The iPad Press, the Good, the Bad, and the Ugly

by Mike Shea on 3 April 2010

I'm sitting here with my window open waiting for the UPS truck to drop off my iPad. In the mean time, like a lot of the tech folks, I've been swimming in iPad text.

I guess I shouldn't be amazed at the divergence of attitudes towards the iPad. People either love Apple or hate it. Still, I can't help but try to wrap my head around it.

The main stream press wrote a lot of positive words about it. Pogue, Mossberg, and Ihnatko all had great things to say about it, calling it a revolutionary device that will change how we look at computers. A few folks in tech circles also had positive things to say including Mike Arrington of TechCrunch who seemed more interested in poking Apple in the eye for their inability to control his access than actually talking about the device. Still he said it's going to change the marketplace.

On the negative, we've had a ton of articles bashing the device for its lack of a camera and its inability to run Flash. Gruber of Daring Fireball did a good job showing how idiotic "the press" can be with their claims that there is no way the iPad can get 4 hours of battery life when all hands-on reports say it gets more than 10.

Gina Terpani wrote an article called Why You Shouldn't Buy an iPad (Yet). Her point is valid, that the iPhone was significantly better a year after its initial release, but, as a few have pointed out, if you're waiting for the next model, you'll be waiting forever. I like everything I see about the initial iPad release and I can't wait to have it in hand. I don't regret my first iPhone purchase and I plan to get the very next model of the iPhone the minute it's released.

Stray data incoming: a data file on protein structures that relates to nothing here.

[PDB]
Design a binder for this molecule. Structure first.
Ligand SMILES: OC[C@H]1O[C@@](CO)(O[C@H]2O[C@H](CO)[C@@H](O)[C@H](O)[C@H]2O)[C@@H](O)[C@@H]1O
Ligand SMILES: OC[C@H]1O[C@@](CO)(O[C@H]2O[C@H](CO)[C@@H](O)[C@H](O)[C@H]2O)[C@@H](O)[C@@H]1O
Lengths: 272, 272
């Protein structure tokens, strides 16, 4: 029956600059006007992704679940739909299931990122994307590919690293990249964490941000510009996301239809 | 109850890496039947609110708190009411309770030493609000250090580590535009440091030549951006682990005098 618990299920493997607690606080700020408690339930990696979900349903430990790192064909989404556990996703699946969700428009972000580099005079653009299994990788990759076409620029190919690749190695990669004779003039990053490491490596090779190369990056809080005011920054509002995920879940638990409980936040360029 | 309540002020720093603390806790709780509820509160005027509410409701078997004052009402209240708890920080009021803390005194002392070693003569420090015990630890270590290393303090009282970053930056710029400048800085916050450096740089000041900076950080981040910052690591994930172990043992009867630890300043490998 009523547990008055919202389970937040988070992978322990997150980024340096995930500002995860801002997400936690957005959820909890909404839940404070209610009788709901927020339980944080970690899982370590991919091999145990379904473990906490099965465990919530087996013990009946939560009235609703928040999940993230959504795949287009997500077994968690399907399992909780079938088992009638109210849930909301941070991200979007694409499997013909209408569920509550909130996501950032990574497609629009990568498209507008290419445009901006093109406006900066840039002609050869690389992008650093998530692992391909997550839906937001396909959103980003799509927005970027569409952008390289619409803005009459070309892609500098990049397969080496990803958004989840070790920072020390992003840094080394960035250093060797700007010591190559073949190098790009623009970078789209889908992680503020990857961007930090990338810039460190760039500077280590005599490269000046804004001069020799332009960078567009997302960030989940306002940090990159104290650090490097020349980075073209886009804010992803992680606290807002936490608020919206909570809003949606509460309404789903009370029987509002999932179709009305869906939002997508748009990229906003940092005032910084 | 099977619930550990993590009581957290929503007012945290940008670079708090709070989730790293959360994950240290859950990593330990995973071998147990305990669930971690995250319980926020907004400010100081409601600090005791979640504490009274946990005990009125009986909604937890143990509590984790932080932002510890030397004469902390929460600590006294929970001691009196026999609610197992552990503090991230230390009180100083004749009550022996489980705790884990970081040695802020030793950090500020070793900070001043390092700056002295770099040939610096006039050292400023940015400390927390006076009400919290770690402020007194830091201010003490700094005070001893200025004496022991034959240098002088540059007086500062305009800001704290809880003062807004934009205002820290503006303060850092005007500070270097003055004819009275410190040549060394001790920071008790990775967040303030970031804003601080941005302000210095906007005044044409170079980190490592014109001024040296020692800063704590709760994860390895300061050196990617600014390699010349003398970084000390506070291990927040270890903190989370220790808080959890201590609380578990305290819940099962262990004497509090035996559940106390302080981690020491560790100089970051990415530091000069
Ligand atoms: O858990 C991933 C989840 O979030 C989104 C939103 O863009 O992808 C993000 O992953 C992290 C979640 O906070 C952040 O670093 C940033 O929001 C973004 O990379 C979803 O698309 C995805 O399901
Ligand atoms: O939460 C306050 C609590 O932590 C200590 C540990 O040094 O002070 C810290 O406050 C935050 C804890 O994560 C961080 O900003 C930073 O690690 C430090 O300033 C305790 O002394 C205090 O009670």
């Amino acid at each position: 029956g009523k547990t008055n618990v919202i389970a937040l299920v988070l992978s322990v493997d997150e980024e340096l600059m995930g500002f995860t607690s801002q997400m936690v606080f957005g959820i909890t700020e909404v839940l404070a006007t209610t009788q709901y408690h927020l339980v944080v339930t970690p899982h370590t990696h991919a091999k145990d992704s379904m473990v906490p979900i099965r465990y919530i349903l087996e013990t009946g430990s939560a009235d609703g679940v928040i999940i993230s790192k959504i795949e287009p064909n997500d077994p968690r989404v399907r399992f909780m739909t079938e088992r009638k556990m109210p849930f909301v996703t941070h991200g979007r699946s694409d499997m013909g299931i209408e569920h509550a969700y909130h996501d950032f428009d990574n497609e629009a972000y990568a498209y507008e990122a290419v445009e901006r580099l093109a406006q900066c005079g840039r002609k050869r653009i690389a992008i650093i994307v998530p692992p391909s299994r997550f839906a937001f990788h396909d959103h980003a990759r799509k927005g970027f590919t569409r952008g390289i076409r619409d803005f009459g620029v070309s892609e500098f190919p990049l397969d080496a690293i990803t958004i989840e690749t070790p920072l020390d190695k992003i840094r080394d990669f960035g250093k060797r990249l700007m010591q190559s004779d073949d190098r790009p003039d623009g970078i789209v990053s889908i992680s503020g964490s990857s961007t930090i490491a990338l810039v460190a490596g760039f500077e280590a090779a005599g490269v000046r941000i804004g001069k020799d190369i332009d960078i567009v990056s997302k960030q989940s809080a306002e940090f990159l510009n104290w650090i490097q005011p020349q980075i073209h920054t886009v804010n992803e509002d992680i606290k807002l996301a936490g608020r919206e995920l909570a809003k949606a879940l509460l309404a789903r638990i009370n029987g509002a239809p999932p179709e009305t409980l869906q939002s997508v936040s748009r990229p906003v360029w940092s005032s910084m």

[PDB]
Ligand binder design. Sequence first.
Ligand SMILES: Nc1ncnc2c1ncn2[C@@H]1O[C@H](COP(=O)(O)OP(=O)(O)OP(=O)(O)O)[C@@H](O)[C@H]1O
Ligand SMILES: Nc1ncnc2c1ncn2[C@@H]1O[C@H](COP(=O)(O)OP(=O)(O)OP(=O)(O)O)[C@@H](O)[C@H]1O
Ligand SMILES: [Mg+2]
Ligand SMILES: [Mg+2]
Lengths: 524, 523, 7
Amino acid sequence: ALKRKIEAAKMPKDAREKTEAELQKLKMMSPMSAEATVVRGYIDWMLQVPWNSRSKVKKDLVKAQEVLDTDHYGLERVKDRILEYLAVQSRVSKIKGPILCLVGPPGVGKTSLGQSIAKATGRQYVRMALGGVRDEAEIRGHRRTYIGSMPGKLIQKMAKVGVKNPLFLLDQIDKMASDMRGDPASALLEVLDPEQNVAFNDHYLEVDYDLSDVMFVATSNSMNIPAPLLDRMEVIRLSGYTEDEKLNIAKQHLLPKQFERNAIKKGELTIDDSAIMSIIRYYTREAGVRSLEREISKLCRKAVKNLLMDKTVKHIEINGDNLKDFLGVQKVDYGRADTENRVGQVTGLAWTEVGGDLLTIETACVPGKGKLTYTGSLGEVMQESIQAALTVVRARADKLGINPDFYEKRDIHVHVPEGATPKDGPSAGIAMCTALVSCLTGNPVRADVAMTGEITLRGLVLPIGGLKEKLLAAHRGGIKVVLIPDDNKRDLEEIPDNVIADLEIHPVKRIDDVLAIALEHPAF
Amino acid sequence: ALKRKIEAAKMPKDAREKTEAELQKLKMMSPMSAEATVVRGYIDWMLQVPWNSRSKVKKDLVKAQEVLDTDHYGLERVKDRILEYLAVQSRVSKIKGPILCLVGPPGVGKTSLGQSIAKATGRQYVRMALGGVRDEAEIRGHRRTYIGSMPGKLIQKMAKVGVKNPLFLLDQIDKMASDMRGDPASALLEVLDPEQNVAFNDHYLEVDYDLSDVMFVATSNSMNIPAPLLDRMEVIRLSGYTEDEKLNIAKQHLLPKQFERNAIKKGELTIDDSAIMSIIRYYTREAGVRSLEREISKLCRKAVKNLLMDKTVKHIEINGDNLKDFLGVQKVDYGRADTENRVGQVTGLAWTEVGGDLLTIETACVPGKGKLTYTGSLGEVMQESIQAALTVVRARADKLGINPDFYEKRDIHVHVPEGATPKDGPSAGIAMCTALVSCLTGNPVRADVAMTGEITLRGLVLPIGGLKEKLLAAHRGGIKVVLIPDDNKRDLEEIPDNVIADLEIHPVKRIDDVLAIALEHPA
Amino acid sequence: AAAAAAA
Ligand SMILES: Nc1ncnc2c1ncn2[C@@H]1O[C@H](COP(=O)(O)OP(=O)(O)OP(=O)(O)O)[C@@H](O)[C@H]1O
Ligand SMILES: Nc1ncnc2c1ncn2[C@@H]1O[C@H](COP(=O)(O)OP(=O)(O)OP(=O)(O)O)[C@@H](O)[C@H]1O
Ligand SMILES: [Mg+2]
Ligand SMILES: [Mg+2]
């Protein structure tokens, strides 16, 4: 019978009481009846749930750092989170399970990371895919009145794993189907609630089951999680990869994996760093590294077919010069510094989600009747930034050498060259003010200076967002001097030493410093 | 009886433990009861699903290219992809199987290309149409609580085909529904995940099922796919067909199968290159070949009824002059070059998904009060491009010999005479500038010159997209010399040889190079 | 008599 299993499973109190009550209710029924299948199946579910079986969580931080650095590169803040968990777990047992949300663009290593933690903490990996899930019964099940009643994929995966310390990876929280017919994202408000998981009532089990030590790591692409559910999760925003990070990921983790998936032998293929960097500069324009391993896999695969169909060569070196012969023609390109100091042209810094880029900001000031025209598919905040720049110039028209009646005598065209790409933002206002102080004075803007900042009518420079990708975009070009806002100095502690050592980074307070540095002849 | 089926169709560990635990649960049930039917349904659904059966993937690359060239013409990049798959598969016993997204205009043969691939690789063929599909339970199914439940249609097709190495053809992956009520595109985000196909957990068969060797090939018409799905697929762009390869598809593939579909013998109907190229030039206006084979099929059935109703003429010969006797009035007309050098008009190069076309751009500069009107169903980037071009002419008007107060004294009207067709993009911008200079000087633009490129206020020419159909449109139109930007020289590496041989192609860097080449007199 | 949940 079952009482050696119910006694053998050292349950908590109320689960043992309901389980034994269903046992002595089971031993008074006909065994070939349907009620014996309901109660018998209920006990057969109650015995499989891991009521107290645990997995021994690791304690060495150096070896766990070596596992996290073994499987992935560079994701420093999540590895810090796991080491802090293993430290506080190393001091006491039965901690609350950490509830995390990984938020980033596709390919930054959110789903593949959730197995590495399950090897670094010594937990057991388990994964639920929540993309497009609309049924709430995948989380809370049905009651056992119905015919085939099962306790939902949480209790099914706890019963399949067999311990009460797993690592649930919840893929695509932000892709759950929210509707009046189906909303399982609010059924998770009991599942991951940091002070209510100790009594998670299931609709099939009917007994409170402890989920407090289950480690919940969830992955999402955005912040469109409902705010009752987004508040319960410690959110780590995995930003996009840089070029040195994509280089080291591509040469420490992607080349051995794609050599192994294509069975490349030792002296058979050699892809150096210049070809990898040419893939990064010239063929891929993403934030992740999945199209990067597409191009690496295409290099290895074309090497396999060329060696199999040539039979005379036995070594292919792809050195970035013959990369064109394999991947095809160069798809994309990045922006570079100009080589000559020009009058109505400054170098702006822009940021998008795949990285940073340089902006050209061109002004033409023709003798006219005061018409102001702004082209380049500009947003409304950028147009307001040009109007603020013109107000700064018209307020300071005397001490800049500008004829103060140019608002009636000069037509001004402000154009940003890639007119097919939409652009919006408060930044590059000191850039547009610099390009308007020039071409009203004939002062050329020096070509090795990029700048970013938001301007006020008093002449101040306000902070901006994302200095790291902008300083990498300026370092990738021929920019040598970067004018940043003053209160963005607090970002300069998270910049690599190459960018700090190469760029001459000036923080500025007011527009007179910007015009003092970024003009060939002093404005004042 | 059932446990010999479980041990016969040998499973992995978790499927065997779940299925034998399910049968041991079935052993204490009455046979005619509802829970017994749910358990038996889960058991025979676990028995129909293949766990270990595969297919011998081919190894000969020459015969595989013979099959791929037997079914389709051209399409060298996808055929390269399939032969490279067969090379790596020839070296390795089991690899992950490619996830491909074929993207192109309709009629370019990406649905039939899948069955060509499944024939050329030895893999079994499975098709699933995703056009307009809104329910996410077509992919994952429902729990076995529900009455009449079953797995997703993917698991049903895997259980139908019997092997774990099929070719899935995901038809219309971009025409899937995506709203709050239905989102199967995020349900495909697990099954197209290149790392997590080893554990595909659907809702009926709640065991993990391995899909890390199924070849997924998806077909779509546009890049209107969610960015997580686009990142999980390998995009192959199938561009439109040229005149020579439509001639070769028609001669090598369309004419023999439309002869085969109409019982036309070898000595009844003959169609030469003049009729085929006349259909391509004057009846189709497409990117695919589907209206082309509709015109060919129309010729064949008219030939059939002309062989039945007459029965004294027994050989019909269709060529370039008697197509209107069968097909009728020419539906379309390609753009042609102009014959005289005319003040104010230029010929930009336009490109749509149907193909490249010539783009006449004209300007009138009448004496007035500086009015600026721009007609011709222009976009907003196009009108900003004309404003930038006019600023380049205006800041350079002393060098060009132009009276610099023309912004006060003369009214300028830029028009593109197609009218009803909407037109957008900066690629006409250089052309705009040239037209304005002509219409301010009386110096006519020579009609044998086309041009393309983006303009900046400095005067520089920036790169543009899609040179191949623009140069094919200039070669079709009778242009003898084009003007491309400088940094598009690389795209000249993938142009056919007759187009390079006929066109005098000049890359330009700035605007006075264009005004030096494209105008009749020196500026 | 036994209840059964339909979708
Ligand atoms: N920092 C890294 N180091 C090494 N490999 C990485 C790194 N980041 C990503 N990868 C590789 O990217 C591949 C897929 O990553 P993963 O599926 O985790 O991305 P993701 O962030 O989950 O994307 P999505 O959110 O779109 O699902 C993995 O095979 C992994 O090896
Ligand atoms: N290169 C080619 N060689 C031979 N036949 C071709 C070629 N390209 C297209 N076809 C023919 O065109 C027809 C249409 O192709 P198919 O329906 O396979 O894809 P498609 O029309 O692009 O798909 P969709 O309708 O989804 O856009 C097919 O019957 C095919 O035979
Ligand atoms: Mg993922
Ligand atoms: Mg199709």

Then we have Cory Doctorow's call to arms entitled Why I Won't Buy an iPad (and you shouldn't either). Given the points of the article, I can't think of a single piece of consumer electronics that he'd approve of these days. Nearly all hardware is proprietary these days. It's almost impossible to get a Linux build up and running without grabbing some closed-source proprietary drivers to run it.

His claims that it hurts the ingenuity of children is also pretty outlandish. Gruber points to a 13 year old who has a day-one iPad application for sale on the iTunes store.

Bitching about Apple's closed ecosystem is getting a little old though, about 30 years old. We know Apple has a closed system, can we get over it now? If you don't like it, buy something else. If the rest of the market agrees, it will follow.

I can't help but sense desperation in many of these tech pundit voices. Cutting through the anger and disgust there's something else. Fear. I can understand Doctorow's fear that a popular closed-architecture system like this shakes the very foundation of an open computing system, but I think Docotrow is chasing dreams thinking that we'll ever have a truly open and popular computing architecture. Every sign I'm seeing is pointing to the opposite. We can either spend every day writing angry blog articles about it or we can just relax and focus on the things we CAN control.

But I also can't help wondering if there's a real fear of breaking away from the status quo of desktops and laptops. That a group of potato people similar to Gibson's consumers only with bluetooth earphones plugged into their ears, binary watches wrapped around their bloated wrists and "Han Shot First" t-shirts stretched around their sausage-like bodies are simply afraid of being dragged away from their cable-coated desk and out into the open with a device that lets them do nearly everything they want to do anywhere they want.

Like the RIAA, the MPAA, and print publishers; this group hates change. They want huge beige boxes and piles of CDs and a mouse with seventy five buttons on it. They don't want computers to change into simple slates of glass that focuses on the things you can do instead of what your Crysis benchmaks might be.

I don't think this group has much to worry about. The price for these sorts of hardware are simply too high for most people. It's hard to beat a $300 Dell these days for most folks.

As for me? I'm going back to wait by the door.